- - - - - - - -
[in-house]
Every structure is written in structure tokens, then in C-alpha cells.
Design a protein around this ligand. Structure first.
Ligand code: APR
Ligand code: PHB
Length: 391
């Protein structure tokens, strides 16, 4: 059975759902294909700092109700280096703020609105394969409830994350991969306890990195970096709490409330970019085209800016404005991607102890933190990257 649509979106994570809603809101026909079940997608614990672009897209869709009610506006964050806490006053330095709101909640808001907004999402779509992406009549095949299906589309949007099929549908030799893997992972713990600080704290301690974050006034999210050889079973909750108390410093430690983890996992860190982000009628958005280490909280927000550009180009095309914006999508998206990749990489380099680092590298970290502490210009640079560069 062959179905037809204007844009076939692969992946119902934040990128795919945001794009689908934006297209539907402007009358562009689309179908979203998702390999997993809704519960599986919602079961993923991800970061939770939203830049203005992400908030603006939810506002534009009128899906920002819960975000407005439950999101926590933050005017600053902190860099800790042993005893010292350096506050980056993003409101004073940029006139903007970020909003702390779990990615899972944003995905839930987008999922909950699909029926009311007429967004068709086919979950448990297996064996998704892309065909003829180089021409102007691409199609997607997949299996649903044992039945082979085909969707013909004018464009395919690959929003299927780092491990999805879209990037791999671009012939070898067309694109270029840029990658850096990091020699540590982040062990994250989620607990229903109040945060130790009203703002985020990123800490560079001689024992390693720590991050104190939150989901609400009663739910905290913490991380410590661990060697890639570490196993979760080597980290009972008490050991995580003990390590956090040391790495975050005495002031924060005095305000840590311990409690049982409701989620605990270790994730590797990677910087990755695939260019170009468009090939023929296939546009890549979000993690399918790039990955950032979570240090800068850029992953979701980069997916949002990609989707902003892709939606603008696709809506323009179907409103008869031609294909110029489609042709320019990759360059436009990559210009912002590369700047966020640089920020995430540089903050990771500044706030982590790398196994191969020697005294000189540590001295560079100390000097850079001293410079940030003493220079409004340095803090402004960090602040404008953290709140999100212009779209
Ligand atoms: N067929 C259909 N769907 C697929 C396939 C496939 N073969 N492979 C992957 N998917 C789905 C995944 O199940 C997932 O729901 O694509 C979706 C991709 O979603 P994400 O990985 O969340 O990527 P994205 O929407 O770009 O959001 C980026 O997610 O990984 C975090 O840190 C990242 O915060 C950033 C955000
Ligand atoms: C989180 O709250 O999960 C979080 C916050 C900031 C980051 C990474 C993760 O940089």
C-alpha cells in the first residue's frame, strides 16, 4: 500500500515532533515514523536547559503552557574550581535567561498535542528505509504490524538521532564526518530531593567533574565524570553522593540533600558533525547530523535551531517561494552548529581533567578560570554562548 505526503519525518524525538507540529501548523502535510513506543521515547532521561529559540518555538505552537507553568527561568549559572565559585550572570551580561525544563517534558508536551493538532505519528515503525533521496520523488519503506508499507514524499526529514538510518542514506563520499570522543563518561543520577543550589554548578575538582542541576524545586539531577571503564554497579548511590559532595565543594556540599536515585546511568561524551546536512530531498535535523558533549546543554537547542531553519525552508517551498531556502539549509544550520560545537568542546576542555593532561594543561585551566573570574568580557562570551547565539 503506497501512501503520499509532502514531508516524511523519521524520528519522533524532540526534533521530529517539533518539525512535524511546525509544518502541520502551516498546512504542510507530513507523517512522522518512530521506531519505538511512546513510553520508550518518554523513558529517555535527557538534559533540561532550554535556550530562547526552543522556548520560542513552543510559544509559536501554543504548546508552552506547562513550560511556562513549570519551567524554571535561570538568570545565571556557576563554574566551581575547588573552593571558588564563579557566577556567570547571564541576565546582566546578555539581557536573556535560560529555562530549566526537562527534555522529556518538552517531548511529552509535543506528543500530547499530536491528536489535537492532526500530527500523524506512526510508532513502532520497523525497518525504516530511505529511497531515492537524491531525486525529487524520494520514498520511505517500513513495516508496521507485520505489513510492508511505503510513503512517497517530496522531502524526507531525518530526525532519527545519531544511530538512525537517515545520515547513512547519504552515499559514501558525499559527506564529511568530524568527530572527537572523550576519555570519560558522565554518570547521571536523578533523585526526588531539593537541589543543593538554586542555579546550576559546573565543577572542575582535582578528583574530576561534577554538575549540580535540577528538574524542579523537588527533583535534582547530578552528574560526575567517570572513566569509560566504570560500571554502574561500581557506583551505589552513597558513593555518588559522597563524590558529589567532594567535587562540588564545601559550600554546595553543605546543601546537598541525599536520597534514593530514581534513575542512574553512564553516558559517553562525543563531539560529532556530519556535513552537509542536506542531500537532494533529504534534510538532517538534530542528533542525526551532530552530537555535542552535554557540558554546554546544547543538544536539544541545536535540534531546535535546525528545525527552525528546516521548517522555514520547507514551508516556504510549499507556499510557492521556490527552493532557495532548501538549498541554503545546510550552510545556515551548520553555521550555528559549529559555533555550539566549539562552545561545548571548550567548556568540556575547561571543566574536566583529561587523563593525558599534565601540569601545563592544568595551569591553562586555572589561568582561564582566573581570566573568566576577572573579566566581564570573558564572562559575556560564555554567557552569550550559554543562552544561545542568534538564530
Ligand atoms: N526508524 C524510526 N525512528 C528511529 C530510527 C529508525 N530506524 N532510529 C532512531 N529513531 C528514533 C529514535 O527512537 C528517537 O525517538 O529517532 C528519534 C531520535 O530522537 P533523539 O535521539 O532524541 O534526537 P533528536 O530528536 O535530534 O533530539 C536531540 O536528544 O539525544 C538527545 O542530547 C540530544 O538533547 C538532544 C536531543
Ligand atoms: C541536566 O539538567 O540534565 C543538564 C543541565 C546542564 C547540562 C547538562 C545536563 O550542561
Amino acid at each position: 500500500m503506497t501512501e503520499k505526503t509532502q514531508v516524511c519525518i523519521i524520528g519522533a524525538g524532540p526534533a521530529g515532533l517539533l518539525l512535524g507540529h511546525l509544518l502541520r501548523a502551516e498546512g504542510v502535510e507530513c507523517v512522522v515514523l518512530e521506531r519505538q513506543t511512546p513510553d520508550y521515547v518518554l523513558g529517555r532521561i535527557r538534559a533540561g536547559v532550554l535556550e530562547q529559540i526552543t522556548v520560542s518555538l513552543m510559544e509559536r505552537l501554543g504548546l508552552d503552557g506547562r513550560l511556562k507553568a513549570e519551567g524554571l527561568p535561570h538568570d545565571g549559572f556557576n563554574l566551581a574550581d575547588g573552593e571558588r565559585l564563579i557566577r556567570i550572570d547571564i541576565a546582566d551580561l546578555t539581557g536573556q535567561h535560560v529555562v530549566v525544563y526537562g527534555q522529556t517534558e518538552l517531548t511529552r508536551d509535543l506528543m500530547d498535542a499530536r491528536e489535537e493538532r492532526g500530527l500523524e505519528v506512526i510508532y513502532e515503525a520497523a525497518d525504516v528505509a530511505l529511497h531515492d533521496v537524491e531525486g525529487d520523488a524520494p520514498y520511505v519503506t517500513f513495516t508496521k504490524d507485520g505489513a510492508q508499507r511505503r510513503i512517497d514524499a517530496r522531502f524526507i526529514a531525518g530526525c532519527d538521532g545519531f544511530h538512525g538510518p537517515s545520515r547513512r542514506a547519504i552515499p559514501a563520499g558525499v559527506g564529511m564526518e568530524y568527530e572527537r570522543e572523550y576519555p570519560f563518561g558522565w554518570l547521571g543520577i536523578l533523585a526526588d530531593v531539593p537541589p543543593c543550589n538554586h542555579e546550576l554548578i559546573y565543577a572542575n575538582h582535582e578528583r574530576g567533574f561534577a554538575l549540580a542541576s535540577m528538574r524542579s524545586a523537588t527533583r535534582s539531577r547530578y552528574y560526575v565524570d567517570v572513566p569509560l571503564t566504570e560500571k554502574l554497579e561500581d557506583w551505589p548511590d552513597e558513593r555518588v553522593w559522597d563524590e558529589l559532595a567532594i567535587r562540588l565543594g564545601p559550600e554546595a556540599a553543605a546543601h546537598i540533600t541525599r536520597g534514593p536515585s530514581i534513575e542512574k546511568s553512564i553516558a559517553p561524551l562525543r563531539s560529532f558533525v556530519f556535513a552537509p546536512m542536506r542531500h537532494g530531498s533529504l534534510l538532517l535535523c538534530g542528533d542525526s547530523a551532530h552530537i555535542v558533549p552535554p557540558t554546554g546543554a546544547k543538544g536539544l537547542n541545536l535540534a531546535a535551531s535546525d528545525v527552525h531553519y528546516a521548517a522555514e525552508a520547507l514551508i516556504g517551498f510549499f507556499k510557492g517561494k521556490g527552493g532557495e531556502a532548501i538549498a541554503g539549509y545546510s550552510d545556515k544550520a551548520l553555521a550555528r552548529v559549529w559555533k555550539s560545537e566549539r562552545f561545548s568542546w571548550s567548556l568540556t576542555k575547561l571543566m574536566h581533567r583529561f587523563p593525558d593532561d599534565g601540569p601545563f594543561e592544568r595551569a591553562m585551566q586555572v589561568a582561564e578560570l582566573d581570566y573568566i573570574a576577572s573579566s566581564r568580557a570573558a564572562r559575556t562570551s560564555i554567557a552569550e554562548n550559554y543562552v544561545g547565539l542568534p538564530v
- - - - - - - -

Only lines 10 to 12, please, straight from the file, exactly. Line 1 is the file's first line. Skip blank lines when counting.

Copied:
C-alpha cells in the first residue's frame, strides 16, 4: 500500500515532533515514523536547559503552557574550581535567561498535542528505509504490524538521532564526518530531593567533574565524570553522593540533600558533525547530523535551531517561494552548529581533567578560570554562548 505526503519525518524525538507540529501548523502535510513506543521515547532521561529559540518555538505552537507553568527561568549559572565559585550572570551580561525544563517534558508536551493538532505519528515503525533521496520523488519503506508499507514524499526529514538510518542514506563520499570522543563518561543520577543550589554548578575538582542541576524545586539531577571503564554497579548511590559532595565543594556540599536515585546511568561524551546536512530531498535535523558533549546543554537547542531553519525552508517551498531556502539549509544550520560545537568542546576542555593532561594543561585551566573570574568580557562570551547565539 503506497501512501503520499509532502514531508516524511523519521524520528519522533524532540526534533521530529517539533518539525512535524511546525509544518502541520502551516498546512504542510507530513507523517512522522518512530521506531519505538511512546513510553520508550518518554523513558529517555535527557538534559533540561532550554535556550530562547526552543522556548520560542513552543510559544509559536501554543504548546508552552506547562513550560511556562513549570519551567524554571535561570538568570545565571556557576563554574566551581575547588573552593571558588564563579557566577556567570547571564541576565546582566546578555539581557536573556535560560529555562530549566526537562527534555522529556518538552517531548511529552509535543506528543500530547499530536491528536489535537492532526500530527500523524506512526510508532513502532520497523525497518525504516530511505529511497531515492537524491531525486525529487524520494520514498520511505517500513513495516508496521507485520505489513510492508511505503510513503512517497517530496522531502524526507531525518530526525532519527545519531544511530538512525537517515545520515547513512547519504552515499559514501558525499559527506564529511568530524568527530572527537572523550576519555570519560558522565554518570547521571536523578533523585526526588531539593537541589543543593538554586542555579546550576559546573565543577572542575582535582578528583574530576561534577554538575549540580535540577528538574524542579523537588527533583535534582547530578552528574560526575567517570572513566569509560566504570560500571554502574561500581557506583551505589552513597558513593555518588559522597563524590558529589567532594567535587562540588564545601559550600554546595553543605546543601546537598541525599536520597534514593530514581534513575542512574553512564553516558559517553562525543563531539560529532556530519556535513552537509542536506542531500537532494533529504534534510538532517538534530542528533542525526551532530552530537555535542552535554557540558554546554546544547543538544536539544541545536535540534531546535535546525528545525527552525528546516521548517522555514520547507514551508516556504510549499507556499510557492521556490527552493532557495532548501538549498541554503545546510550552510545556515551548520553555521550555528559549529559555533555550539566549539562552545561545548571548550567548556568540556575547561571543566574536566583529561587523563593525558599534565601540569601545563592544568595551569591553562586555572589561568582561564582566573581570566573568566576577572573579566566581564570573558564572562559575556560564555554567557552569550550559554543562552544561545542568534538564530
Ligand atoms: N526508524 C524510526 N525512528 C528511529 C530510527 C529508525 N530506524 N532510529 C532512531 N529513531 C528514533 C529514535 O527512537 C528517537 O525517538 O529517532 C528519534 C531520535 O530522537 P533523539 O535521539 O532524541 O534526537 P533528536 O530528536 O535530534 O533530539 C536531540 O536528544 O539525544 C538527545 O542530547 C540530544 O538533547 C538532544 C536531543
Ligand atoms: C541536566 O539538567 O540534565 C543538564 C543541565 C546542564 C547540562 C547538562 C545536563 O550542561